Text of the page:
Kotzin et al. explored the molecular mechanism controlling the shortest-lived cells of the immune system—neutrophils, eosinophils, and monocytes—all of which are myeloid cells of the innate immune system. The long noncoding RNA Gm14005, which the authors renamed Morrbid for “myeloid RNA regulator of Bim-induced death,” was identified as an RNA preferentially expressed in mature short-lived myeloid cells, and mice lacking Morrbid had reduced numbers of eosinophils, neutrophils, and Ly6Chi monocytes in circulation and tissues. The Morrbid knockout mice also exhibited increased susceptibility to bacterial infection and reduced eosinophil-driven allergic lung inflammation. Progenitors of these myeloid cells were not affected by Morrbid knockout, and wild-type progenitors have low expression of Morrbid, which subsequently increases to a maximum in the mature cells. Ex vivo Morrbid knockout short-lived myeloid cells underwent rapid apoptosis, and cell labeling with BrdU revealed a decrease in the life span of these cells. Morrbid is close to the proapoptotic gene Bcl2l11, which encodes BIM. Morrbid knockout eosinophils, neutrophils, and LysChi monocytes had increased abundance of BIM mRNA and protein. Cytokine deprivation of cultured bone marrow–derived eosinophils reduced Morrbid expression and increased Bcl2l11 expression, and addition of any of the cytokines of the common β-chain receptor family [interleukin-3 (IL-3), IL-5, or granulocyte-macrophage colony-stimulating factor (GM-CSF) induced Morrbid expression and reduced Bcl2l11 expression. Various chromatin, crosslinking, and allele-specific combination knockout experiments revealed that Morrbid bound and functioned in cis to the Bcl2l11 promoter. Morrbid-mediated repression involved the recruitment of the polycomb repressive complex 2 (PRC2) to the Bcl2l11 promoter through a direct interaction between Morrbid and the PRC2 component EZH2. Deletion of Bcl2l11 in cis, but not in trans, of the Morrbid allele rescued short-lived myeloid cell numbers in mice. Morrbid is conserved in humans, and overexpression of MORRBID occurred in patients with hypereosinophilic syndrome that was associated with increased IL-5. Thus, expression of a long noncoding RNA serves as a locus-specific timer controlling the life span of short-lived myeloid cells.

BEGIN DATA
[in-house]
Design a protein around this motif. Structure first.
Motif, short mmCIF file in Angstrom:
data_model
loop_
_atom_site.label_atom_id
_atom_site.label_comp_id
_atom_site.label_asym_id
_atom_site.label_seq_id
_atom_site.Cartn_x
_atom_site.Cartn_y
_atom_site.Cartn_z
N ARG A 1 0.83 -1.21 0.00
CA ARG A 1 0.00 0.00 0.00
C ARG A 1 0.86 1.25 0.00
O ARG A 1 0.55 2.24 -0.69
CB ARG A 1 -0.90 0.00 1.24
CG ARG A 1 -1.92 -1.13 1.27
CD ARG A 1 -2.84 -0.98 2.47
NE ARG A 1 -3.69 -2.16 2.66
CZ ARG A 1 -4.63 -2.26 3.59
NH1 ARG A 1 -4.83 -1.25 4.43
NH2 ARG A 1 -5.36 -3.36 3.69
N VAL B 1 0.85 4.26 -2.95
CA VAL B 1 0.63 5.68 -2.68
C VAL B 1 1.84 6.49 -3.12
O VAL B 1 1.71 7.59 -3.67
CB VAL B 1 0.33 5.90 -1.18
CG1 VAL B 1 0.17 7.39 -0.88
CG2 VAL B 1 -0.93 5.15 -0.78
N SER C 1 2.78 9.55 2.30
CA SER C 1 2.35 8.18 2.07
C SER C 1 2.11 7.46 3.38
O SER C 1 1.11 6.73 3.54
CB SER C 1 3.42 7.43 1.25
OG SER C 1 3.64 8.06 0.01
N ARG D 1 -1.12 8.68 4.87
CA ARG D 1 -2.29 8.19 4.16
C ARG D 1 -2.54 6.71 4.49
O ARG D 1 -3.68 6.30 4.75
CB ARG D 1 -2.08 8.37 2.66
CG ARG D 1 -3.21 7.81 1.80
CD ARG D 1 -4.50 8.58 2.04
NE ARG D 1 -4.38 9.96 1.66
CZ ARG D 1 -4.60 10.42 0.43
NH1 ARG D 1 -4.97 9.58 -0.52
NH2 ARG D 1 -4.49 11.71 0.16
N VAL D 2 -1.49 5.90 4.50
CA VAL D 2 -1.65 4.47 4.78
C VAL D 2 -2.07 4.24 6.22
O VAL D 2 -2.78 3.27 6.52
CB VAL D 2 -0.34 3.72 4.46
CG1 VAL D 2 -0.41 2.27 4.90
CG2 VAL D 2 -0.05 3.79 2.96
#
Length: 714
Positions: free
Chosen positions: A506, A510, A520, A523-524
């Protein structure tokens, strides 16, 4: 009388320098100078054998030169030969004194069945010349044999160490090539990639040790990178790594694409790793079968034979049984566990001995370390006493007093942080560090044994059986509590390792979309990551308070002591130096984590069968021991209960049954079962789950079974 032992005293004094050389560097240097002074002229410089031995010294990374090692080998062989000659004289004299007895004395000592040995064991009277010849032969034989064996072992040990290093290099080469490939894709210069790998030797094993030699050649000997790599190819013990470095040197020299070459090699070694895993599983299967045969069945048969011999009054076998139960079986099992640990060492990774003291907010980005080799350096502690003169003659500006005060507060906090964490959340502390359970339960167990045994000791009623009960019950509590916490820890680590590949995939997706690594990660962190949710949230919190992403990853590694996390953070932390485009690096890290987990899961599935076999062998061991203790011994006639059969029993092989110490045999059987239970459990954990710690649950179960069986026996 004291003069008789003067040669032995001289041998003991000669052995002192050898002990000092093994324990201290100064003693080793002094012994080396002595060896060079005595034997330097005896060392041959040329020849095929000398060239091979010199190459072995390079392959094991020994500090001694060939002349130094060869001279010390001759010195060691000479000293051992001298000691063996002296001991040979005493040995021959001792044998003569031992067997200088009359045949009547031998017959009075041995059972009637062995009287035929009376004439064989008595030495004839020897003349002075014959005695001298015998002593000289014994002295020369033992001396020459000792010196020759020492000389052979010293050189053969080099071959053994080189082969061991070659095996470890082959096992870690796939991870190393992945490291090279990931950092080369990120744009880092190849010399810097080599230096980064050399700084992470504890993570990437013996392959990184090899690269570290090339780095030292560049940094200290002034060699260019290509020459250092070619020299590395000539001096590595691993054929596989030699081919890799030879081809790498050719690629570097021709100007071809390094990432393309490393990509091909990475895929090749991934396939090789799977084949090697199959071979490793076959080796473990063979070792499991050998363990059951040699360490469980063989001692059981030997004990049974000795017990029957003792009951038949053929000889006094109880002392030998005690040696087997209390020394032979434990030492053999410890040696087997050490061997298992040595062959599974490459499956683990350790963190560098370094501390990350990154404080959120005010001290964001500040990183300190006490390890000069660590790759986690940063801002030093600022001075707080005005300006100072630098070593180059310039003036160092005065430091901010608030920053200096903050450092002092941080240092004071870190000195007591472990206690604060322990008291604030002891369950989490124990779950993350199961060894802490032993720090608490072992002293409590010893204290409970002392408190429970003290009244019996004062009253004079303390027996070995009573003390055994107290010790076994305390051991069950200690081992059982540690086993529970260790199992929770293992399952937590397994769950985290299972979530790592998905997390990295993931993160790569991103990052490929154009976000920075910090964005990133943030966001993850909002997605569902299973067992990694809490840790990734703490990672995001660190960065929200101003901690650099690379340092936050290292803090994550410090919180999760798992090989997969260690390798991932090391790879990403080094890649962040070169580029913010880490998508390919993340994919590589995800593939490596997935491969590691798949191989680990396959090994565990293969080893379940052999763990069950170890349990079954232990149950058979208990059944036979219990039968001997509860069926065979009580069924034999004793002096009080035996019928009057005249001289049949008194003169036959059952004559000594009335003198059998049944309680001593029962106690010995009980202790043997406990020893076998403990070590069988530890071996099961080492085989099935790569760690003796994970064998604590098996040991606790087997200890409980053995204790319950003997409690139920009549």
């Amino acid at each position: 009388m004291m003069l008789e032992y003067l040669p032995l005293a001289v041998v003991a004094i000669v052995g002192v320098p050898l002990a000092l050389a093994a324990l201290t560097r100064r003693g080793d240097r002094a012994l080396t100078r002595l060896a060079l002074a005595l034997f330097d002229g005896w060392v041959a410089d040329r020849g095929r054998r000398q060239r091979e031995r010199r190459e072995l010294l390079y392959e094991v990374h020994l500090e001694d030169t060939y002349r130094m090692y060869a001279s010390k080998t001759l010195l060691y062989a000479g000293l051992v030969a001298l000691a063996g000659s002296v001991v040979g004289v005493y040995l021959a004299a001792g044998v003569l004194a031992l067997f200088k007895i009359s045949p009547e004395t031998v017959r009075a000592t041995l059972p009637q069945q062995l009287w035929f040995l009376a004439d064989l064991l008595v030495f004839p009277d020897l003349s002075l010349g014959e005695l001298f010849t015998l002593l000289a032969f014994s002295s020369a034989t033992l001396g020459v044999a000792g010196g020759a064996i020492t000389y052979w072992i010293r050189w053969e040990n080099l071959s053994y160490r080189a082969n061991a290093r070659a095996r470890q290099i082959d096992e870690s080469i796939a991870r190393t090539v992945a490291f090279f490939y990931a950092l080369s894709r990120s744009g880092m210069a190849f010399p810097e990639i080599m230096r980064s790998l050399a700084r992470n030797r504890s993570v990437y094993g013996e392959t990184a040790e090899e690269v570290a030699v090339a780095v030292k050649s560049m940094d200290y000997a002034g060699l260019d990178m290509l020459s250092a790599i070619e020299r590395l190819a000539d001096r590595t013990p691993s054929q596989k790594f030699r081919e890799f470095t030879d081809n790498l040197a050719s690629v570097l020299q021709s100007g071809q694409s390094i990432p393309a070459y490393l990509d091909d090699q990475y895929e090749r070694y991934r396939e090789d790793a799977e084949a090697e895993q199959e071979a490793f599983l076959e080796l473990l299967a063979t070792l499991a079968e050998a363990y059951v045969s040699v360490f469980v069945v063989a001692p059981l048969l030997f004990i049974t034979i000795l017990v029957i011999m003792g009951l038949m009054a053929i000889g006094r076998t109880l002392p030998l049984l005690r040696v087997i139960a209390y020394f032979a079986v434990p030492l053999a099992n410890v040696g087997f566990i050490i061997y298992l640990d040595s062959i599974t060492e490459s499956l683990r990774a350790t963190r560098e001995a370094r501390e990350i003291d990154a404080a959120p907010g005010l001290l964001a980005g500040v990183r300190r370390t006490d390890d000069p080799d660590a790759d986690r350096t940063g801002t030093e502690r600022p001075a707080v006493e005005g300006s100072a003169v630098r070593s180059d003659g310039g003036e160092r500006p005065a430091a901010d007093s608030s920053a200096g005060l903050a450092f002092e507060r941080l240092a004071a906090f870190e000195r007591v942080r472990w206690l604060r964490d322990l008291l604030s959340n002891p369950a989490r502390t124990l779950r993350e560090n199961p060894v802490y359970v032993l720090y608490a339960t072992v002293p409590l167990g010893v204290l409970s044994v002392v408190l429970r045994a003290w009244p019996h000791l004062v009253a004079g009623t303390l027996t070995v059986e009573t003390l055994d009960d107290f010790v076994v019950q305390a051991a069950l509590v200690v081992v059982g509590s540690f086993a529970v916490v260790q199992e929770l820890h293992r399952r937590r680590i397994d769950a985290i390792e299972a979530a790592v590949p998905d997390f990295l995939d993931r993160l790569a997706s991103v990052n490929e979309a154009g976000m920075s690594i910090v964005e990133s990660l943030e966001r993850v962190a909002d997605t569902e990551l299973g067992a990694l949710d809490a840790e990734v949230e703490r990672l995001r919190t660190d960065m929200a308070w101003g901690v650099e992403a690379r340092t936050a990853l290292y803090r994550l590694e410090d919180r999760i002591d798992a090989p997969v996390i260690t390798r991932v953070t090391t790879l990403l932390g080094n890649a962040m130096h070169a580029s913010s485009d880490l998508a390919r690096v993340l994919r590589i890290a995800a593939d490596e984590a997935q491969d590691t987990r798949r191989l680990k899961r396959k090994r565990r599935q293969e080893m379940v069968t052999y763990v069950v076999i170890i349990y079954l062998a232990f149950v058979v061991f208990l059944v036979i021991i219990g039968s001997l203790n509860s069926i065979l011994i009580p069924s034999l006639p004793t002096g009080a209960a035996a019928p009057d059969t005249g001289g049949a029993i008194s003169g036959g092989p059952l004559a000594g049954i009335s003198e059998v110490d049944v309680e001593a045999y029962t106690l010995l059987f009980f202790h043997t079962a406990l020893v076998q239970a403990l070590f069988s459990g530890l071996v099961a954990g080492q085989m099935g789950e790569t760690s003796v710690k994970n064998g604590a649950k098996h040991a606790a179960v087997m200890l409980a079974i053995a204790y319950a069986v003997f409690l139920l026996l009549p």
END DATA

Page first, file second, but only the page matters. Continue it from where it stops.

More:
J. J. Kotzin, S. P. Spencer, S. J. McCright, D. B. U. Kumar, M. A. Collet, W. K. Mowel, E. N. Elliott, A. Uyar, M. A. Makiya, M. C. Dunagin, C. C. D. Harman, A. T. Virtue, S. Zhu, W. Bailis, J. Stein, C. Hughes, A. Raj, E. J. Wherry, L. A. Goff, A. D. Klion, J. L. Rinn, A. Williams, R. A. Flavell, J. Henao-Mejia, The long non-coding RNA Morrbid regulates Bim and short-lived myeloid cell life span. Nature 537, 239–243 (2016). [PubMed]